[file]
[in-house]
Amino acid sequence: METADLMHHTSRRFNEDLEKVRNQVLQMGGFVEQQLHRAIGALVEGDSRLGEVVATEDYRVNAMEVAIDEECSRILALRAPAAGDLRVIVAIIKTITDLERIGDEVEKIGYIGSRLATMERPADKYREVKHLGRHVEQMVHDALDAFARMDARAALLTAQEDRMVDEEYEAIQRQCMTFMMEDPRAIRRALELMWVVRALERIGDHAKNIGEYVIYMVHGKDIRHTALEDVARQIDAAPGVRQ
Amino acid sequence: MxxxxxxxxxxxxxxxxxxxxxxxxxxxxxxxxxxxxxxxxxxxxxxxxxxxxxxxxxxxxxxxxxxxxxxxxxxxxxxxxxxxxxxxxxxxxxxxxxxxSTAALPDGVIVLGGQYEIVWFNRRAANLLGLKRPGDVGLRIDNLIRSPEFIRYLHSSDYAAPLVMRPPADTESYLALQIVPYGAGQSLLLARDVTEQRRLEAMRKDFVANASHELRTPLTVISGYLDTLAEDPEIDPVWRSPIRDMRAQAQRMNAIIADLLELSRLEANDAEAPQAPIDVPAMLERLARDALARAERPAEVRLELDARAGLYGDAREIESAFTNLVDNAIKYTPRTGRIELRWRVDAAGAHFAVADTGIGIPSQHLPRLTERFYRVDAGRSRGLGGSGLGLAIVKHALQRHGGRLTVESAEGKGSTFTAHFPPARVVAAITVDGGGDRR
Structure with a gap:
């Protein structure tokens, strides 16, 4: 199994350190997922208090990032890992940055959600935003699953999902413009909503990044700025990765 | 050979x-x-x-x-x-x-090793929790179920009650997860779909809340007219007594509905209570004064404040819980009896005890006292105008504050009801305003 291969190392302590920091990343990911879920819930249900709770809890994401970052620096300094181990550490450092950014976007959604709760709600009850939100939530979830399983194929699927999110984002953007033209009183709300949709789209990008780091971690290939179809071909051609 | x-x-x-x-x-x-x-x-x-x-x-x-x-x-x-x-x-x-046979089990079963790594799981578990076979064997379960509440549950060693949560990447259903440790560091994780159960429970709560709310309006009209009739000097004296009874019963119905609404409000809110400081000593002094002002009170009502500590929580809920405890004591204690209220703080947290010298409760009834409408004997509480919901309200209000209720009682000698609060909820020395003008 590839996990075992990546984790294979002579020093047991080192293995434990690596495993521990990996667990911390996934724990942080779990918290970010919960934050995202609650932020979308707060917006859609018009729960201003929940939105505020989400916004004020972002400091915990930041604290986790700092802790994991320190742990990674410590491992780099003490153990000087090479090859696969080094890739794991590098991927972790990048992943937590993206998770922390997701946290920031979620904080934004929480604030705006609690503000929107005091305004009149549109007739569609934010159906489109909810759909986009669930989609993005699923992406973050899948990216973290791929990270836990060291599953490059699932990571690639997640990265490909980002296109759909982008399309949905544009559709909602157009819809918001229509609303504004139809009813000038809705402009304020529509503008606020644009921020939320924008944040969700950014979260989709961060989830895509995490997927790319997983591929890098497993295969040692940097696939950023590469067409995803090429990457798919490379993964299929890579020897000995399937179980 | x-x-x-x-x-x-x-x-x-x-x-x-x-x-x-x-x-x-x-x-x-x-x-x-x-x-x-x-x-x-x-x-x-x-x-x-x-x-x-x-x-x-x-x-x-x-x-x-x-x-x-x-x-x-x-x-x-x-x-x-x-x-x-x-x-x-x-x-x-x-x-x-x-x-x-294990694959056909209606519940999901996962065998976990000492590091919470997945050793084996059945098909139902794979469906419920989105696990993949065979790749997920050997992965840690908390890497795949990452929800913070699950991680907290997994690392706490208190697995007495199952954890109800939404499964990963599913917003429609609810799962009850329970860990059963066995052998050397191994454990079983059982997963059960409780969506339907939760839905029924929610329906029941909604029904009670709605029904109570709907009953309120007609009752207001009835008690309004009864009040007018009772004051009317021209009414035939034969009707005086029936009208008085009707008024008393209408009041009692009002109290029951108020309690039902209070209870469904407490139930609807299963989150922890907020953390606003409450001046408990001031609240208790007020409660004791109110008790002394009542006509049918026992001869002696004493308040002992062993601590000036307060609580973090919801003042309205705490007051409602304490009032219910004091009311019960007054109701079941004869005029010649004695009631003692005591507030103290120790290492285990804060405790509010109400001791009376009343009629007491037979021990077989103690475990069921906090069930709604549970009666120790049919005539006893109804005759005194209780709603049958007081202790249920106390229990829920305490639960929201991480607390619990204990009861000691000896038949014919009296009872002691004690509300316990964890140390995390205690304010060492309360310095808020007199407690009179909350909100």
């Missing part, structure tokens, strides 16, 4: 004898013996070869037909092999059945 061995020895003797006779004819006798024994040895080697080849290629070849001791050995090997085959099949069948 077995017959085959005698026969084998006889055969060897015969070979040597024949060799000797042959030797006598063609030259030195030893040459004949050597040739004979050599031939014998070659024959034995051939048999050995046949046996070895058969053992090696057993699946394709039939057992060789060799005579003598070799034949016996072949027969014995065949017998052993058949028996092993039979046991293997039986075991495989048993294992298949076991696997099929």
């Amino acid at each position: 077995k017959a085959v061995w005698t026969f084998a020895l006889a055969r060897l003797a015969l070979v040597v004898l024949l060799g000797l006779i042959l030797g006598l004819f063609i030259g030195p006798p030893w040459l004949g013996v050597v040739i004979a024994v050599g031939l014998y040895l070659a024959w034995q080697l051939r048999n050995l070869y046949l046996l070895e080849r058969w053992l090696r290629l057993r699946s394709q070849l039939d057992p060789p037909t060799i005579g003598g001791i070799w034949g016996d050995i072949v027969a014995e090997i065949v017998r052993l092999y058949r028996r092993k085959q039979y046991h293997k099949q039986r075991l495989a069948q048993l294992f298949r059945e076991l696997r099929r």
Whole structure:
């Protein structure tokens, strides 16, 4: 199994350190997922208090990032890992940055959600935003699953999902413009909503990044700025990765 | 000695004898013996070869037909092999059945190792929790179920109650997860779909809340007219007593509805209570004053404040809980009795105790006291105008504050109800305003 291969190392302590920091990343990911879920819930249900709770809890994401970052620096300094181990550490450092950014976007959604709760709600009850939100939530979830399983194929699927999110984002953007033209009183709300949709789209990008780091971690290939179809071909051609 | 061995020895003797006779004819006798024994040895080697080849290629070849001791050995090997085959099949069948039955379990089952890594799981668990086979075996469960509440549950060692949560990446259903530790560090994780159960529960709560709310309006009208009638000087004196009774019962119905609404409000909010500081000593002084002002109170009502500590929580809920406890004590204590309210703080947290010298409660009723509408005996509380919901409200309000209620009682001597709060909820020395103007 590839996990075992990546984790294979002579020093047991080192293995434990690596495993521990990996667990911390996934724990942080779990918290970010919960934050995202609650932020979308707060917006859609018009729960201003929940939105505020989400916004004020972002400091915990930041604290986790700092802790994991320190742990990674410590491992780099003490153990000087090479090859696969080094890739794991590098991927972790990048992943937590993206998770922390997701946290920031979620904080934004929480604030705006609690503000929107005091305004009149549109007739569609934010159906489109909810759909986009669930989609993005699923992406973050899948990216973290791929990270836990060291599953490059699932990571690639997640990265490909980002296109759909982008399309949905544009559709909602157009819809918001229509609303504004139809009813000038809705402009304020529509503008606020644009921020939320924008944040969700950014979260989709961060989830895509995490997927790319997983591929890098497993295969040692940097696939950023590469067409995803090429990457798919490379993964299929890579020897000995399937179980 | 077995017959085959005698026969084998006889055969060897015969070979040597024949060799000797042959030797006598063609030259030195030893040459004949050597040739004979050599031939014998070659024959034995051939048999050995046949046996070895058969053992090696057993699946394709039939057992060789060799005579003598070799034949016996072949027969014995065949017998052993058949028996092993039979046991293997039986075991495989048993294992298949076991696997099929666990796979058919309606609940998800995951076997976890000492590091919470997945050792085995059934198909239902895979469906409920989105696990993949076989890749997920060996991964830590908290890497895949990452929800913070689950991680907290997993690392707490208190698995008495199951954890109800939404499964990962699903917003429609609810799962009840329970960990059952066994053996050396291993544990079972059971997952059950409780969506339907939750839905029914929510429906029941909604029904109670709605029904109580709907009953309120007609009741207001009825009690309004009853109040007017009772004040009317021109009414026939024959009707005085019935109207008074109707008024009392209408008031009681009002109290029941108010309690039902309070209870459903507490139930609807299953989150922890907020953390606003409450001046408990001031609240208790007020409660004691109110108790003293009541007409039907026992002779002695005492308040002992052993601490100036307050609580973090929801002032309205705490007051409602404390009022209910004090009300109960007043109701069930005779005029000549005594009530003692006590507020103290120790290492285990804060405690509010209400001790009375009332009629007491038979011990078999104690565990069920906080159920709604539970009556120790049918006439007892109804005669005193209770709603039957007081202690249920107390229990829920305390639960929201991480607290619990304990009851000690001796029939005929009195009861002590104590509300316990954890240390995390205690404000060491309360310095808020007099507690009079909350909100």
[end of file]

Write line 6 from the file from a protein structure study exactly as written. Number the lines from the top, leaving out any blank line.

């Missing part, structure tokens, strides 16, 4: 004898013996070869037909092999059945 061995020895003797006779004819006798024994040895080697080849290629070849001791050995090997085959099949069948 077995017959085959005698026969084998006889055969060897015969070979040597024949060799000797042959030797006598063609030259030195030893040459004949050597040739004979050599031939014998070659024959034995051939048999050995046949046996070895058969053992090696057993699946394709039939057992060789060799005579003598070799034949016996072949027969014995065949017998052993058949028996092993039979046991293997039986075991495989048993294992298949076991696997099929």